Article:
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Researchers at the University of Miami report that Hispanic/Latinos (primarily of Caribbean ancestry) are younger at diagnosis and have more mobility impairment than non-Hispanic white people who have MS.
Further research to understand these differences will help improve access to care and may help pinpoint the underlying cause of MS.
Athena Hadjixenofontos, PhD, Jacob McCauley, PhD, and colleagues at the University of Miami published results in Neuroepidemiology (2015;44(4):262-8). Dr. McCauley was funded by a research grant from the National MS Society.
These researchers are continuing this research and are seeking to recruit Hispanic/Latinos with MS in Florida and California for these studies. See contact information below.
Background: For decades, many healthcare professionals assumed that MS was uncommon in the Hispanic/Latino population. But recent studies are suggesting an increase in the number of people throughout Latin America who have MS. Previous findings supported by the National MS Society have called attention to the need to better understand unique characteristics of MS in this population and the need for more accessible and culturally relevant healthcare and social services. Improving access to quality MS care across the cultural and socioeconomic spectrum means understanding how each group experiences and perceives the disease and identifying the factors that limit access to care. Also, understanding genetic and clinical differences between ethnic groups can yield important clues to the cause of MS.
The Study: This team used clinic visits and review of medical records to evaluate clinical characteristics in 312 Hispanic/Latino people with MS primarily of Carribean ancestry, and 312 non-Hispanic white people with MS. They ascertained age at first symptom, age at diagnosis, type of symptoms at disease onset, disease course, and type of symptoms during disease course.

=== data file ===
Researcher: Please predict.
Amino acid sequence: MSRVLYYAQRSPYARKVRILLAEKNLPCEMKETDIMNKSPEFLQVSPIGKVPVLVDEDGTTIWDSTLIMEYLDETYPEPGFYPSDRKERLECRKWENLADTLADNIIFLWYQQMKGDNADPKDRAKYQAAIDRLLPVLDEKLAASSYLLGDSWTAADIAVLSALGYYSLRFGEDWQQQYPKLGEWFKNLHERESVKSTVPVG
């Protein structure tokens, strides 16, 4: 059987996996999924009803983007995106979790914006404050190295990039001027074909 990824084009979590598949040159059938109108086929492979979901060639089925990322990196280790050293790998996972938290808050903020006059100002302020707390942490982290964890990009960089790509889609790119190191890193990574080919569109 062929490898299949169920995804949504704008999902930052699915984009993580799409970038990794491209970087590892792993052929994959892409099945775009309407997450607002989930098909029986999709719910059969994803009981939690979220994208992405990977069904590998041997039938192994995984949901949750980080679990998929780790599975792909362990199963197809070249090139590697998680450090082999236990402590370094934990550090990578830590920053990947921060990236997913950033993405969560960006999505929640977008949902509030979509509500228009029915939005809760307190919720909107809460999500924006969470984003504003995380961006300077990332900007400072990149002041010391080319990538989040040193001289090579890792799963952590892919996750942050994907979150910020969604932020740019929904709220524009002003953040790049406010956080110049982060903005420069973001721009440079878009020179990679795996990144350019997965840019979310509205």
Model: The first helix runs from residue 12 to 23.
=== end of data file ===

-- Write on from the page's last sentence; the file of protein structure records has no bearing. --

The results suggest that age at first symptom was not significantly different between the two groups, but that Hispanic/Latinos were significantly younger at diagnosis. Within the Hispanic/Latino group, people born in the United States were significantly younger at first symptom and at diagnosis. The team also found that Hispanic/Latinos with a relapsing course had increased mobility impairments. However, this was not the case among those with a progressive course.
Results were published in Neuroepidemiology (2015;44(4):262-8).
Comment: This study pinpoints a few important differences in the experience of MS between Hispanic/Latinos and non-Hispanics. Further research is necessary to understand if these differences indicate underlying cultural, environmental, or genetic differences. Understanding these differences is crucial to providing access to comprehensive and quality MS care for everyone affected by MS, and for providing new clues to the cause of MS.
How to Participate in This Research: Dr. McCauley’s team is continuing to gather information, in collaboration with researchers at the University of Southern California (Dr. Lilyana Amezcua) and the University of California at San Francisco (Dr. Jorge Oksenberg). They are recruiting individuals of Hispanic/Latino background. Participants will be asked about their ancestry and clinical characteristics through in-person interview/questionnaire. A single blood sample for gene typing will also be obtained and sent for analysis. Participation is usually a single visit. To participate in these studies, please contact:
USC Multiple Sclerosis Center
1520 San Pablo Street, Suite 3000
Los Angeles, CA 90033
Principal Investigator: Dr. Lilyana Amezcua
Study Coordinator: Jose Aparicio
UCSF Department of Neurology
675 Nelson Rising Lane Box 3206
San Francisco, CA 94158
Principal Investigator: Dr. Jorge Oksenberg
Study Coordinator: Stacy Hatcher
John P. Hussman Institute for Human Genomics
Multiple Sclerosis Study
1501 NW 10th Avenue, BRB-3rd Floor
Miami, FL 33136
Principal Investigator: Dr. Jacob McCauley
Study Coordinator: Patricia Manrique
Please note that a site visit is necessary to participate in this study.
Read more: The National MS Society’s Hispanic/Latino Advisory Council advises the Society on strategies and programs to overcome cultural barriers and make resources more available to this community.
Read more about this council and about resources for Hispanics/Latinos with MS.
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